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Small Business Insurance Basics: EPL Coverage

Written by Loretta Worters on May 20, 2013 in Small Business  |   No comments

Small business insurance goes beyond insuring your inventory and office space. All small business owners may, at some point, have a need to protect themselves from lawsuits. These lawsuits don’t just come from employees; they can also come from independent contractors and customers. Discrimination, sexual…

small business insuranceSmall business insurance goes beyond insuring your inventory and office space. All small business owners may, at some point, have a need to protect themselves from lawsuits. These lawsuits don’t just come from employees; they can also come from independent contractors and customers. Discrimination, sexual harassment, wrongful termination—these are just a handful of the claims that employees and others can file against a business at any time.

The average amount of damages recovered by plaintiffs in employment practices suits has soared. According to Jury Verdict Research, the median award for all discrimination claims payouts in 2011 was $317,000, up 46 percent from the 2010 median of $216,000. Million dollar payouts are not uncommon.

If you think employment practices liability (EPL) lawsuits are only filed against large corporations, think again. Nearly 50 percent of EPL charges are filed against small businesses, many of which do not have the funds to defend themselves. In fact, many small businesses often do not have human resources professionals to develop the formal personnel policies and procedures that can help prevent employment-related charges in the first place.

In your efforts to prevent employee lawsuits, you may want to consider:

  1. Creating effective hiring and screening programs to avoid discrimination.
  2. Having written guidelines, policies, or procedures related to employment at will, discrimination, sexual and other workplace harassment, and equal employment opportunity.
  3. Researching the Americans with Disability Act (ADA) and creating reasonable accommodations for disabled employees.
  4. Posting corporate policies throughout the workplace, placing them in employee handbooks so policies are clear to everyone, and requiring employees to acknowledge receipt of those guidelines.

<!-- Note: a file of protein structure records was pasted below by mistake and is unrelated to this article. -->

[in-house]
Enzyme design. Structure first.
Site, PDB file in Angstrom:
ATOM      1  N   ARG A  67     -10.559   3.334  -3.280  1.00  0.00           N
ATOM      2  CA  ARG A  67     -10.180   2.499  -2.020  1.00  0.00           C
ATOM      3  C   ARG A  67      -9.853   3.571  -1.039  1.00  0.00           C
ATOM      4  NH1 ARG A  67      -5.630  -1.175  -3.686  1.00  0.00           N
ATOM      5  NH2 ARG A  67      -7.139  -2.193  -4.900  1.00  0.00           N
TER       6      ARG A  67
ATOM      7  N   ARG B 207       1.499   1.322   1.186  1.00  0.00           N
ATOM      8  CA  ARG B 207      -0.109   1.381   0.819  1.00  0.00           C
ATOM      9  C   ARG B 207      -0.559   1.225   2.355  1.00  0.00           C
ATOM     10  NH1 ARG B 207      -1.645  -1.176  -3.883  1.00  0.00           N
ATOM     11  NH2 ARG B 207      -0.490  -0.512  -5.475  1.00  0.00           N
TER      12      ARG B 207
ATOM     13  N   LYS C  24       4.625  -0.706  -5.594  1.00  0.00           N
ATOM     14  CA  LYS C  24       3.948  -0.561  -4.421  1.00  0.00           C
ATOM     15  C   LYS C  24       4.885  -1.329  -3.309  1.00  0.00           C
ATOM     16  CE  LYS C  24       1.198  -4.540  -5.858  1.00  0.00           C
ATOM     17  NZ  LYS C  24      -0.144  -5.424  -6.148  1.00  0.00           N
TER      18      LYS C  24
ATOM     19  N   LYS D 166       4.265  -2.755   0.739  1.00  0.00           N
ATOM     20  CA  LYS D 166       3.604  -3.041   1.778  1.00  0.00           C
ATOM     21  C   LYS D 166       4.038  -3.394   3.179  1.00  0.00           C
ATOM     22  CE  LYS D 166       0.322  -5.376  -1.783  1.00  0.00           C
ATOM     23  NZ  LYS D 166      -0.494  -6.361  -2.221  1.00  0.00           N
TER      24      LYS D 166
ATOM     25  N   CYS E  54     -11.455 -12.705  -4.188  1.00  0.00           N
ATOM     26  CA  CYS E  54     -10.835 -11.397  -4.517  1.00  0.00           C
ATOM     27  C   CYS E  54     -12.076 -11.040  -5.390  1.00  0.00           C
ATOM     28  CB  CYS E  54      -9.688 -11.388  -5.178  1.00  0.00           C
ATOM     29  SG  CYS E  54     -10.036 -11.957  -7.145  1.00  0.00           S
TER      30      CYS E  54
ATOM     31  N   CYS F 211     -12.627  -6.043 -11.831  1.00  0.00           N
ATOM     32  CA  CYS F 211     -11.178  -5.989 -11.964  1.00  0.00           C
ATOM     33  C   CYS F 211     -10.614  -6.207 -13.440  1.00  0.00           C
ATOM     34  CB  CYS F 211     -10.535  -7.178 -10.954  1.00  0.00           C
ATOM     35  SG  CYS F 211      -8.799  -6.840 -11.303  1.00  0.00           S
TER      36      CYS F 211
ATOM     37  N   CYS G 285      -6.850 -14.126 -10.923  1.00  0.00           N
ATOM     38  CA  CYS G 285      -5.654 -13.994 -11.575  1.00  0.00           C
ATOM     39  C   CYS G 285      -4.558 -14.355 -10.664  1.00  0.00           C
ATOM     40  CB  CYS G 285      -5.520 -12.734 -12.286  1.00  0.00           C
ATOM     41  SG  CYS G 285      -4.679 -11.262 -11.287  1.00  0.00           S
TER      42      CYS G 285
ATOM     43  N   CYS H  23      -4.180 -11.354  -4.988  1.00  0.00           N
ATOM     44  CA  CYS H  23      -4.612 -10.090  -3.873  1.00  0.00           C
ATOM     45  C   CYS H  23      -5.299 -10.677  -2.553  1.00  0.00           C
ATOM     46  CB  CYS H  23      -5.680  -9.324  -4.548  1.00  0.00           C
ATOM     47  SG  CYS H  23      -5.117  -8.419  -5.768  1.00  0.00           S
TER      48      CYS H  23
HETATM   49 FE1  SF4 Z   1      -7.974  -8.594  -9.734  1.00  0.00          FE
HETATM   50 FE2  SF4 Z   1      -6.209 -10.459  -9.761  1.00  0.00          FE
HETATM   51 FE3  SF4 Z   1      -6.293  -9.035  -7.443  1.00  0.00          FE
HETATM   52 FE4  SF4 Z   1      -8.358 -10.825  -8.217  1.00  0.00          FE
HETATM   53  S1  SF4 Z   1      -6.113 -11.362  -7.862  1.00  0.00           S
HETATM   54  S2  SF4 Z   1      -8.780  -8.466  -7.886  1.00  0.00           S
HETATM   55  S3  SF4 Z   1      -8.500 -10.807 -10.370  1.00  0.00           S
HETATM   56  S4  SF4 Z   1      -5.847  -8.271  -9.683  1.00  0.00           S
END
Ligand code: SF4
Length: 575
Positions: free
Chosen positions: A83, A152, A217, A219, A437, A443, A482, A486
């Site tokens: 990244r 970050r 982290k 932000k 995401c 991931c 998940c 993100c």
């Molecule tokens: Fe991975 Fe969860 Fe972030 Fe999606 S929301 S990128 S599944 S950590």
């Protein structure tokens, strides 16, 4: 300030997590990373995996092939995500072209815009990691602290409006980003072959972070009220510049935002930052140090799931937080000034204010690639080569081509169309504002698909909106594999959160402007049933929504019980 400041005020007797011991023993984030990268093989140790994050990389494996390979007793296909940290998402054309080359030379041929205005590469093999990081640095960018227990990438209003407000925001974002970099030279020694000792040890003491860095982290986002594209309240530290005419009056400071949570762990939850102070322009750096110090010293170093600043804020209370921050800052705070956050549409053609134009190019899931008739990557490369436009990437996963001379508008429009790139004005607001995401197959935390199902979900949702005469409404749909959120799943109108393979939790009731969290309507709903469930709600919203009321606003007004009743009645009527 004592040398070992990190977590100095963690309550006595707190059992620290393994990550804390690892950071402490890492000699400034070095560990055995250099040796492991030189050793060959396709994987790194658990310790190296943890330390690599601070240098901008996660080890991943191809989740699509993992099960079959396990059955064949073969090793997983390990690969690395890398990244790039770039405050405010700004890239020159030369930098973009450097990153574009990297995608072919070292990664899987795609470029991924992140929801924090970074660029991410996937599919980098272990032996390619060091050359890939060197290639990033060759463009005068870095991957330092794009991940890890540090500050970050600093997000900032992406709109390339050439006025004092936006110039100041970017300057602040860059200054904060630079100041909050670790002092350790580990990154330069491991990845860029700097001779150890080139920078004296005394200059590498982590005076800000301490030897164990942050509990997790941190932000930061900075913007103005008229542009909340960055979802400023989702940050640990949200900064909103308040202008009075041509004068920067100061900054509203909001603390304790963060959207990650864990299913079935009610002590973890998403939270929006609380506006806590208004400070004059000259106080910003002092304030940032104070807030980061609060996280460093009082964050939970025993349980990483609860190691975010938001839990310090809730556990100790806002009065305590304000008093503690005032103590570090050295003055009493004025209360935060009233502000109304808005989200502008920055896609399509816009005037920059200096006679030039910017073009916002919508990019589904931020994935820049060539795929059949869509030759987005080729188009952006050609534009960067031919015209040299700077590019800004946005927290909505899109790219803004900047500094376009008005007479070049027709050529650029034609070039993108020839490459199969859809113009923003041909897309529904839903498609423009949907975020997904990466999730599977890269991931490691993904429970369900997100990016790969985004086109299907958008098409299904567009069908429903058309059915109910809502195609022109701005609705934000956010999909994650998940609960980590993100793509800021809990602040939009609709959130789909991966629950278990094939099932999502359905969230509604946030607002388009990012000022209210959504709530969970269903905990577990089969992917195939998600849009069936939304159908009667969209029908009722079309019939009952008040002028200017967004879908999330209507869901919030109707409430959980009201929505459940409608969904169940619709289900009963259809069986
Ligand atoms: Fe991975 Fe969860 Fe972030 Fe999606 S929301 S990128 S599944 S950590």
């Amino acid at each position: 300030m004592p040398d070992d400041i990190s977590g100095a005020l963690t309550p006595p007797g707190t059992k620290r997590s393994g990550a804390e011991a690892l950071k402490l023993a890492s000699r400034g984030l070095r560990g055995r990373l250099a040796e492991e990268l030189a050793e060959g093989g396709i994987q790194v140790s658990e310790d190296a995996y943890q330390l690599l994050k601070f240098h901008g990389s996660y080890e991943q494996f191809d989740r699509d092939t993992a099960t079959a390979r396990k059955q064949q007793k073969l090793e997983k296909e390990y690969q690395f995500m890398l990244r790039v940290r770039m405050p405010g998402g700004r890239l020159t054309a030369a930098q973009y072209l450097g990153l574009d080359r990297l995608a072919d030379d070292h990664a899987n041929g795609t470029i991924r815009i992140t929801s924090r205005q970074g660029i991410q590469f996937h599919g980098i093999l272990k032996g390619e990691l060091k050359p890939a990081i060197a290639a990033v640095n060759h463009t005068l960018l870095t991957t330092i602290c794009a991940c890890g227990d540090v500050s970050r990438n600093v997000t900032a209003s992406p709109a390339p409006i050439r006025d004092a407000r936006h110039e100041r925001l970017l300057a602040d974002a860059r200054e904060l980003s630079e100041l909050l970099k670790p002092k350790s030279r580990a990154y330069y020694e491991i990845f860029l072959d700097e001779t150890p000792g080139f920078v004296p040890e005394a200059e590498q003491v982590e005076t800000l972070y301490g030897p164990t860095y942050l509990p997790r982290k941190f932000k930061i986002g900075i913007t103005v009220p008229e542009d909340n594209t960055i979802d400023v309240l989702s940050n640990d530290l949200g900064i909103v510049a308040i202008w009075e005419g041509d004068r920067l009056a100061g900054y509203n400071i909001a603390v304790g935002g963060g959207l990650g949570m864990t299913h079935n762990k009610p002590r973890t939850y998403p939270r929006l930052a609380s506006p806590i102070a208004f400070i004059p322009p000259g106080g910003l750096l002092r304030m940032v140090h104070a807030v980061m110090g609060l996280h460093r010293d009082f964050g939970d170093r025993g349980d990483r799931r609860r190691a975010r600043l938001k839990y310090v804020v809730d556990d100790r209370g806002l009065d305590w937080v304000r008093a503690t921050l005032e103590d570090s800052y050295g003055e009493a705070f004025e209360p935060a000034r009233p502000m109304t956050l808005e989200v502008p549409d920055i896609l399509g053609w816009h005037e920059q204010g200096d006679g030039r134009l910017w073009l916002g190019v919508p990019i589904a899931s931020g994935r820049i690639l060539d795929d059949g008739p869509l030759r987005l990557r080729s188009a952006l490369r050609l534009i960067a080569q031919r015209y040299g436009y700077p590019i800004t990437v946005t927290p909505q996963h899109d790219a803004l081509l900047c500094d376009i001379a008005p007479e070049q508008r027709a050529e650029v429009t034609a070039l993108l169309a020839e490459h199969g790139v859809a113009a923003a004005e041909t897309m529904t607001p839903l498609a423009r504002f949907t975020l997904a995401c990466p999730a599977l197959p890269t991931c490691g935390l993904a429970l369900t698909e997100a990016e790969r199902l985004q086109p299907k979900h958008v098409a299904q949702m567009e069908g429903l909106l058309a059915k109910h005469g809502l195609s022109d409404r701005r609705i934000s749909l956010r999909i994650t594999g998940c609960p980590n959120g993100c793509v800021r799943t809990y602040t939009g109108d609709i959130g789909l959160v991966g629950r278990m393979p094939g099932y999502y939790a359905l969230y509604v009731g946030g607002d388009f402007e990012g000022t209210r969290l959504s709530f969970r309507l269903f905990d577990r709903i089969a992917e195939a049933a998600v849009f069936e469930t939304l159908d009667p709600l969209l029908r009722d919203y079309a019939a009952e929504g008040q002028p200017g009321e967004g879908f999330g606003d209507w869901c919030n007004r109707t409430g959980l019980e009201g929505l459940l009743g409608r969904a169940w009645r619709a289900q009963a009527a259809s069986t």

5. Showing employees what steps to take if they are victims of sexual harassment or discrimination by a supervisor.
  6. Documenting employee performance, as well as any steps your company is taking to prevent and solve employee disputes.
  7. Conducting human resources training for management employees.

You may also want to speak with an insurance professional about employment practices liability insurance (EPLI). This type of insurance policy protects an employer from employees’ claims alleging discrimination, wrongful termination, or harassment, including sexual harassment. It also pays for liability damages and defense costs resulting from charges brought by full-time, part-time, temporary, and seasonal employees.

Employers can obtain coverage for employment practices liability by purchasing a stand-alone policy, such as an EPLI policy or a management liability policy (MLP), or by an endorsement to an existing policy, such as a commercial general liability (CGL) or directors and officers (D&O) policy. Some insurers provide this coverage as an endorsement to a business owners policy (BOP), which is typically for small businesses (meaning 50 employees or less).

The cost of EPLI coverage depends on your type of business, the number of employees in your business, and a variety of risk factors, including whether your company has been sued over employment practices in the past. These policies will reimburse your company against the costs of defending a lawsuit in court and for judgments and settlements. They will also cover legal costs, whether your company wins or loses the suit. However, these insurance policies typically do not pay for punitive damages or civil or criminal fines, and workers compensation issues are also excluded.

No matter how well you run your business, a disgruntled employee might still file a claim against your business at any time. Keep in mind that defense costs can be significant—potentially well beyond what many small business owners can afford to pay out of pocket. In order to protect yourself, you may want to consider an insurance policy to cover these issues.

Loretta L. Worters is vice president of the Insurance Information Institute, whose mission is to improve public understanding of insurance – what it does and how it works. Ms. Worters is an author and woman’s advocate frequently quoted in leading publications including the Wall Street Journal, the New York Times, USA Today, Business Week, Forbes, and U.S. News & World Report, and she appears regularly on television networks including ABC, CNBC, CNN, and Fox. Follow her on Twitter at @LWorters.

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